Why the Fed’s historic rate hike is good news and bad news for the economy. Yellen says rate hike shows Fed’s confidence the U.S. economy is strengthening … — LA Times
Dominant Social Theme: The Fed takes care of the economy, and this is the way it must be.
Free-Market Analysis: The good news is that the economy is recovering, according to this article. The bad news is that the Fed has started the clock running on the business cycle once again. As rates go up, economic activity gradually slows.
Aware of this as she must be, Janet Yellen has made a point of pledging that the Fed will not move too fast raising rates. Fed officials will do so, she confirms, only when the data shows hikes are warranted.
One catch: Is the data trustworthy? Obviously, Yellen thinks it is. Here’s some more from the article:
The major significance of the long-awaited rate increase could be more psychological. Yellen described the hike as a major turning point in the nation’s efforts to put the Great Recession behind it.
“This action marks the end of an extraordinary seven-year period during which the federal funds rate was held near zero to support the recovery of the economy from the worst financial crisis and recession since the Great Depression,” Yellen said.
“It also recognizes the considerable progress that has been made toward restoring jobs, raising incomes and easing the economic hardship of millions of Americans.”
This was apparently the reason the hike was so important and why the Fed struggled to mightily proclaim it. The Fed persevered because a statement needed to be made.
From the point of view of Fed officials, the ability to declare a hike provides evidence that the system works and that a handful of individuals can indeed make decisions to benefit billions of people around the world.
Of course, there are alternative viewpoints regarding the Fed, and we mentioned one significant perspective yesterday in an article that compared the Fed to the politburo.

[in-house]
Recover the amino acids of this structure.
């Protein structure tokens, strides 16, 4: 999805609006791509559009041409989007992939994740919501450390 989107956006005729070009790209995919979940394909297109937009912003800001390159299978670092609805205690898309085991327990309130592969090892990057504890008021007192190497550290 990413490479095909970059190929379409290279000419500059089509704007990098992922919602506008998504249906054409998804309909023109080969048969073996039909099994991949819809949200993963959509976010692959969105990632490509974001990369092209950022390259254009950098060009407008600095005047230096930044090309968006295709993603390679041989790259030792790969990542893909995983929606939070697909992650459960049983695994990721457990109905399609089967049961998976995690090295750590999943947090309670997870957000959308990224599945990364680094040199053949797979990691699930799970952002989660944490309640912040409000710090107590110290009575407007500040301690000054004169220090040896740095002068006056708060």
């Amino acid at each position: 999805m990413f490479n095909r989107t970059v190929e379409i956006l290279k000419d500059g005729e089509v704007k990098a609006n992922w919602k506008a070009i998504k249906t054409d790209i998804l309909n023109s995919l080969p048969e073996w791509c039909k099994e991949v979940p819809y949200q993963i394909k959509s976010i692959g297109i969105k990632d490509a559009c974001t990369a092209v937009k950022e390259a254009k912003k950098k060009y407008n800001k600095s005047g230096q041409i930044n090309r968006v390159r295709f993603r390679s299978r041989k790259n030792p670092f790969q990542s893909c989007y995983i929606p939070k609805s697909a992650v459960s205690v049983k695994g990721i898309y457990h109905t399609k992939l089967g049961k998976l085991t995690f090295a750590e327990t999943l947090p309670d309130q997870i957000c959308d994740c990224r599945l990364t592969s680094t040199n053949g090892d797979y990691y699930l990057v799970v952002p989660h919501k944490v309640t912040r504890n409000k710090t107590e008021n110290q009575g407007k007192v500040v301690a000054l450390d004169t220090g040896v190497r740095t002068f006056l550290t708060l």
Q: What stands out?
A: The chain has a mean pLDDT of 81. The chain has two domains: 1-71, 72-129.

The politician making the comparison was Rand Paul, who is currently running for president as a libertarian/conservative.
Rand’s main point – one we have made many times – is that central banks fix the value and volume of money via interest rate manipulation. He wondered how it was possible that academic and media observers could look at the facility with approval, considering the negatives of price-fixing are widely known.
But there are other negative assessments of the system and its operations. In a recently published article entitled, “What Does Today’s ‘Rate Hike’ Mean?”, Paul Craig Roberts provides us with one specific way that setting a rate hike benefits some institutions at the expense of others.
First, he establishes, shockingly, that there is plenty of liquidity in the system and that monetary demand did not drive up the price of money. “The purpose of raising interest rates is to choke off credit demand, but there was no need to choke off credit demand when the demand for credit was [mild].”
He then makes an even stronger statement:
This “rate hike” is a fraud. It is only for the idiots in the financial media who have been going on about a rate hike forever and the need for the Fed to protect its credibility by raising interest rates.